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Q&A with Mississippi author Jamie Kornegay
Jamie Kornegay recently published Soil, his debut novel, a darkly comical story about an ...
Jamie Kornegay recently published Soil, his debut novel, a darkly comical story about an idealistic young farmer who moves his family to a Mississippi flood basin, suffers financial ruin—and becomes increasingly paranoid he’s being framed for murder. Kornegay moved to the Delta in 2006 to establish an independent bookstore, Turnrow Book Co. Before that he was a bookseller, events coordinator, and radio show producer at the famous Square Books in Oxford, Mississippi. He studied creative fiction under Barry Hannah at the University of Mississippi. Below, he shares with Visit Mississippi a few of his thoughts on his novel, his craft, and the state of Mississippi.
What inspired you to write Soil?
Taking the back roads to work one day, I drove by flooded farmland and noticed a rotten stump sticking up from the mud. My imagination got the better of me, and for a moment I thought it was a corpse. My mind started spinning, and soon I’d conceived a story in which the protagonist would find a dead body and, rather than call the police, get rid of it, all because of some twisted, misapplied guilt, which led to more questions and justifications and scenarios, all things used to build characters and stories from scratch. Driving back and forth to work through this beautiful countryside inspired me to think more about it everyday until it became a full-fledged novel.
Describe the setting. Is this based on the region of Mississippi where you grew up?
In my mind, this novel is set in the countryside between Water Valley, where I lived at the time, and Oxford, where I worked. I was interested in the differences between the two towns. Oxford was very cosmopolitan compared to Water Valley, which was still a sleep little country town. And the borderlands there, the rural country between Lafayette and Yalobusha Counties, had its own flavor too. A little wilder, more dangerous. I grew up in Batesville, which completes a triangle connecting these towns. Since then I ended up in the Delta. I always enjoy finding the characteristics that distinguish each community, as well as the similarities.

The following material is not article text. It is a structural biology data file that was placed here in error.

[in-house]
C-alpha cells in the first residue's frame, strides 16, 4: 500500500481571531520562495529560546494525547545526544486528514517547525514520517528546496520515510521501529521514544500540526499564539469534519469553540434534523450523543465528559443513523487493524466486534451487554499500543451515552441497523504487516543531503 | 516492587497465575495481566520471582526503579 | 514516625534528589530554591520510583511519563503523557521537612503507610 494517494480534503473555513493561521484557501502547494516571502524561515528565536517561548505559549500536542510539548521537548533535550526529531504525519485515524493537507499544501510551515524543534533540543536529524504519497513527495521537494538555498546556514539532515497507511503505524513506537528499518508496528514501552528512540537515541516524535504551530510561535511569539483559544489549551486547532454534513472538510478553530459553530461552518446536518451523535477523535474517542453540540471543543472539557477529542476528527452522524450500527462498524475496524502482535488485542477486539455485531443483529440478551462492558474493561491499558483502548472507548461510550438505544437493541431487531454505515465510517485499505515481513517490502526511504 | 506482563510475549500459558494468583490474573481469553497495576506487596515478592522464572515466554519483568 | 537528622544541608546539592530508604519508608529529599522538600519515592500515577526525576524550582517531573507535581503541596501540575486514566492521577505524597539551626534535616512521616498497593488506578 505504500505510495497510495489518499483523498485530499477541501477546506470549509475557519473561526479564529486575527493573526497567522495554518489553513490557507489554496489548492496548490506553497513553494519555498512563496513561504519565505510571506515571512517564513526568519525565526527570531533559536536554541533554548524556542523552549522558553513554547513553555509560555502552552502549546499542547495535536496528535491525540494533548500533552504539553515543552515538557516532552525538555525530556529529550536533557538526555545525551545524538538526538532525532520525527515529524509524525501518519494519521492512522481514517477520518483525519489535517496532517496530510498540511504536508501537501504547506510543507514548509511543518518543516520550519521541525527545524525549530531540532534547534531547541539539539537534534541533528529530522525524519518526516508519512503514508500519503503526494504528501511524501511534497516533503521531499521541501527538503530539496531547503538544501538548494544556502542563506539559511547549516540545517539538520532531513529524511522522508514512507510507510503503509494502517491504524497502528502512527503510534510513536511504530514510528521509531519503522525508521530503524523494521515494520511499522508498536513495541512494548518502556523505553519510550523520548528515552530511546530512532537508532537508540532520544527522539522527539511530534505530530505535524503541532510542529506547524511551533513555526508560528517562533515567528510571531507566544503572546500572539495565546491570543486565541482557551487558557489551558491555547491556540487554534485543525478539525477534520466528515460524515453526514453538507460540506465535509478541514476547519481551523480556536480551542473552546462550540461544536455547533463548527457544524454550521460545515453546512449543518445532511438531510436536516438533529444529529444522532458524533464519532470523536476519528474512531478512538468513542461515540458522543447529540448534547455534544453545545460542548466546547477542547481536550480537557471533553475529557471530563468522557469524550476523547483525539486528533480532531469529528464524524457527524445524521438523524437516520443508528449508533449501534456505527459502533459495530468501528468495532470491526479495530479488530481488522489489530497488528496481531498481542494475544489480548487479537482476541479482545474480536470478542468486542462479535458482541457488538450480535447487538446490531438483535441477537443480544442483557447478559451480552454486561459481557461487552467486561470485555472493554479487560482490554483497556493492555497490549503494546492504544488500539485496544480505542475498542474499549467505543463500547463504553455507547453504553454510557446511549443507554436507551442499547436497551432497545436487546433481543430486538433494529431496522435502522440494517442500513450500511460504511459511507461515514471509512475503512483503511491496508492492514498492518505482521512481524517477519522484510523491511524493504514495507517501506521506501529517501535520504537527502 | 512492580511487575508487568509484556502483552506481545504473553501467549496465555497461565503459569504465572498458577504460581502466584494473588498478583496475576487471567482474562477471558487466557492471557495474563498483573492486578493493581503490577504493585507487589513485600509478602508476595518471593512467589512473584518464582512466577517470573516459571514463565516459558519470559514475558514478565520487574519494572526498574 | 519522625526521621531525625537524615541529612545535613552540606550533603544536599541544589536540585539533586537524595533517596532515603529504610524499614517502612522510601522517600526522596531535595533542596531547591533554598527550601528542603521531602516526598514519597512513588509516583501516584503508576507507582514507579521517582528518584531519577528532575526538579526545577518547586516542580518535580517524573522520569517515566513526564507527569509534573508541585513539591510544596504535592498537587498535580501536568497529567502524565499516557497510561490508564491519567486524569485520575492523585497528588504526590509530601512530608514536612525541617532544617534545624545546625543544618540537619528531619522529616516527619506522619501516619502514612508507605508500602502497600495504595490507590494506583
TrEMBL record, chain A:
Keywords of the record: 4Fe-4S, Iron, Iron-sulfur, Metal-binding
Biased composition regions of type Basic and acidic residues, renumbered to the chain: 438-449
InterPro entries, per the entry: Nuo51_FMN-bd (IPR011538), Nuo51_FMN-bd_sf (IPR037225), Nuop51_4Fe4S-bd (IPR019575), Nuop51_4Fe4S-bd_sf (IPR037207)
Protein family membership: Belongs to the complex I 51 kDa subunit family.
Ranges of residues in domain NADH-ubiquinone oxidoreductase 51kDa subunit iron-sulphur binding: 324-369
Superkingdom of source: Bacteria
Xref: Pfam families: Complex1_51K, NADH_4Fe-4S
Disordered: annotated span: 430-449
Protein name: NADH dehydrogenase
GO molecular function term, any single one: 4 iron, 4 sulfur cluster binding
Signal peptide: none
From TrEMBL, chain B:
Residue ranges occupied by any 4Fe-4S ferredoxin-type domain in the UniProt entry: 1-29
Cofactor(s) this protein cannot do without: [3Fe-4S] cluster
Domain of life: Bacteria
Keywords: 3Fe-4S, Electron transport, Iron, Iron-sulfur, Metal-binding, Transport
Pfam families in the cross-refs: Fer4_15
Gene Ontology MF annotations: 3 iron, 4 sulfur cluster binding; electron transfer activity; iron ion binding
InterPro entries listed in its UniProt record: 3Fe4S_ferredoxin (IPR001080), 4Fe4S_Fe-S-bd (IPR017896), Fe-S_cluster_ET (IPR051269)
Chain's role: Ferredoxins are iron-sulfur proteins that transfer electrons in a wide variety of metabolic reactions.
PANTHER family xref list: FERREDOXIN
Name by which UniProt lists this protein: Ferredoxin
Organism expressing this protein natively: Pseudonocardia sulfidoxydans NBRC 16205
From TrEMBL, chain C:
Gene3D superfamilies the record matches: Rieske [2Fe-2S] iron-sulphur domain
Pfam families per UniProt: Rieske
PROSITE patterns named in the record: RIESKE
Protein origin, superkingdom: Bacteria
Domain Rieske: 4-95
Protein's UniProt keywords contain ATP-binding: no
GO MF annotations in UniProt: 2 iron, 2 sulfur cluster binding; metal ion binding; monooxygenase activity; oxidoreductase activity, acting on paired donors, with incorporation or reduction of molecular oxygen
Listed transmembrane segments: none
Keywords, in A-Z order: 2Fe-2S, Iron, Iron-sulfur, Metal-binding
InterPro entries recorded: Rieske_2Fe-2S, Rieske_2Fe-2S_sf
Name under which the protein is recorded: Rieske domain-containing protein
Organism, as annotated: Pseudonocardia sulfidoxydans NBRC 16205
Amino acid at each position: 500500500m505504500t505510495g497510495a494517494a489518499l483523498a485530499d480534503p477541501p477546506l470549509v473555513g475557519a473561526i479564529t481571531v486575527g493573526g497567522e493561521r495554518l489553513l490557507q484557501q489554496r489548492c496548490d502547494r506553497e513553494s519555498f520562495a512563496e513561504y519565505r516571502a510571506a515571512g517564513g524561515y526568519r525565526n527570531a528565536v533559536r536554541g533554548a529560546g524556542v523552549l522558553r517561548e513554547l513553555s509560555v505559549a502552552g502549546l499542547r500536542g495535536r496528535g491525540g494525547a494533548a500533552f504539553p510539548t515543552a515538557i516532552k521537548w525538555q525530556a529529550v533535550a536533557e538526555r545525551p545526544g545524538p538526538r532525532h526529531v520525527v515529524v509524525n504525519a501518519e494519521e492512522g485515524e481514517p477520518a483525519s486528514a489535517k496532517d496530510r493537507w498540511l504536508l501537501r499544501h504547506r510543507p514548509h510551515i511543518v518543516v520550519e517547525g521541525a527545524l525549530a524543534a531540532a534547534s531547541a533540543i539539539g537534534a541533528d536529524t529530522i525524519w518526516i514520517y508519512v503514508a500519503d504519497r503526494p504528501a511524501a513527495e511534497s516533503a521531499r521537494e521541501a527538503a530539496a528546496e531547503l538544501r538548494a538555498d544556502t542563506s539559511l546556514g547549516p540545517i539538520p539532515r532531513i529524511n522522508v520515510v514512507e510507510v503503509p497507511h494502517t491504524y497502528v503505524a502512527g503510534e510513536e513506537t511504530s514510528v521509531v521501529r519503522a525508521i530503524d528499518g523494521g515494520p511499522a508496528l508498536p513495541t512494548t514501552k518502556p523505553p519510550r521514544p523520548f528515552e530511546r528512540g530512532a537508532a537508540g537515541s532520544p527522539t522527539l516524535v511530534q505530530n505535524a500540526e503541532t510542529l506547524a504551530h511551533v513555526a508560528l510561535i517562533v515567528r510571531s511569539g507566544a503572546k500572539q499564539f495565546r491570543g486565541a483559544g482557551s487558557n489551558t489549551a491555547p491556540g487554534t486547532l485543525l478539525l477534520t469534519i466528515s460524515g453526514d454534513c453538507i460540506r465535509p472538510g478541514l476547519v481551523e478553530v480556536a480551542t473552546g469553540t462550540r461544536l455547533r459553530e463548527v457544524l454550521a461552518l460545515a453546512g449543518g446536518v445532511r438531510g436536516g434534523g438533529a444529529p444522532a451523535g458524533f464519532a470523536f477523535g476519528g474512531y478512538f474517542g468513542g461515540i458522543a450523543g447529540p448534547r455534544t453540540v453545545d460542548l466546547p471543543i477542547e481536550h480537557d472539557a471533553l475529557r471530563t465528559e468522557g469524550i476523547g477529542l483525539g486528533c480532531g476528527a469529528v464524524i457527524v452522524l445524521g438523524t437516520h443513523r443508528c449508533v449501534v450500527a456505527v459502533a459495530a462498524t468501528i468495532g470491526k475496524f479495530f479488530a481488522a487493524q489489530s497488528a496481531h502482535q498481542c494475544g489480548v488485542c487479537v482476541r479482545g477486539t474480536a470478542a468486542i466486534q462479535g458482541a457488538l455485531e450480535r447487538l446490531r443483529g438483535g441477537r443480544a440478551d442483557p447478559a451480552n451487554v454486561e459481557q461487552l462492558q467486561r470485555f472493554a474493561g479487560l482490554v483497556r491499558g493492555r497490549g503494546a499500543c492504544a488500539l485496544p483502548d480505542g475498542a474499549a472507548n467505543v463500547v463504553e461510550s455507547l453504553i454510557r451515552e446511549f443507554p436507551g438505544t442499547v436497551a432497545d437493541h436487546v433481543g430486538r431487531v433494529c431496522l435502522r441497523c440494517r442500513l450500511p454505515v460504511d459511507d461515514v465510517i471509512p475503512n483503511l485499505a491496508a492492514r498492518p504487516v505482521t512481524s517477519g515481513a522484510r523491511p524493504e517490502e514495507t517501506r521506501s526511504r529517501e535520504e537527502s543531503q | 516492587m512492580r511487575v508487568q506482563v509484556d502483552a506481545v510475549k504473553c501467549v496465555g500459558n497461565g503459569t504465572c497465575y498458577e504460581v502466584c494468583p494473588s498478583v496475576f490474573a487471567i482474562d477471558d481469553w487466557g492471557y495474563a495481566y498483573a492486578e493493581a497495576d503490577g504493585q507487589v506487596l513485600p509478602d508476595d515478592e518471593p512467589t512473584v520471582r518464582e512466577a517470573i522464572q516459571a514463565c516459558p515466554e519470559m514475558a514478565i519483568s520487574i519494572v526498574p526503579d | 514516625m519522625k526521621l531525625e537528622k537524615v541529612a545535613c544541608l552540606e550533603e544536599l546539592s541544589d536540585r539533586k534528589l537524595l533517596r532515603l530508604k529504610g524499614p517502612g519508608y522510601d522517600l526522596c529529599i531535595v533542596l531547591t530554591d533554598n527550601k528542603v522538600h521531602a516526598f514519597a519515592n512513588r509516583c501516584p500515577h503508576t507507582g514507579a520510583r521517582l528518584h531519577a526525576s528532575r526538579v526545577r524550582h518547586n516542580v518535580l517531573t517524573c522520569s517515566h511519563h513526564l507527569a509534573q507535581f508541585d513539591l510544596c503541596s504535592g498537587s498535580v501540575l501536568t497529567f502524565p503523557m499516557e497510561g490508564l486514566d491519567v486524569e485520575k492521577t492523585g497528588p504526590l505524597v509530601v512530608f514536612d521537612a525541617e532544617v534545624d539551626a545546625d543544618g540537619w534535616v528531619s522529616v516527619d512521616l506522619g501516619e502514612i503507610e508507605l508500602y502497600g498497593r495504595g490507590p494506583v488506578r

Do you have a favorite character?
Probably the deputy, Danny Shoals. My main protagonist, Jay the farmer, sunk to some dark places as he was trying to reconcile the loss of his farm and his family, and it was difficult staying in that state of mind. One day this swaggering deputy came onto the scene, and I so I began turning to him to liven the atmosphere when things got too dark. His role grew more significant. I wanted to create a law man who was corrupt though not in the stereotypical way we often see them portrayed. He’s younger and so prone to certain weaknesses that affect young men. Danny became tricky to write as well because his instincts are base. But I found humor in his over-confidence and desperate predilections. I was also intrigued by his desire to be a better person through the love of a good woman.
Correct a misperception about Mississippi.
I could try and correct several, but there are two I’d like to mention. First, we’re not illiterate and ignorant. How do you account for all the great independent bookstores in our state if none of us read? Not to mention all of the writers who come from Mississippi. Authors who come through my bookstore tell me all the time that Mississippians are among the best readers they encounter. They have more in-depth discussions about books with readers here, and their publishers send them here because we sell a lot of books in Mississippi.
Second, we’re not backwards and intolerant. What most people know about Mississippi comes from their history books and from the often absurd and negative comments delivered by our elected leaders, comments that don’t reflect the people of this state but a prescribed political attitude. Instead, what you’ll find in Mississippi towns, on the street level, are some of kindest, most generous and tolerant people you’ll ever meet. They are generally proud of what’s happening in Mississippi and love to share it with visitors.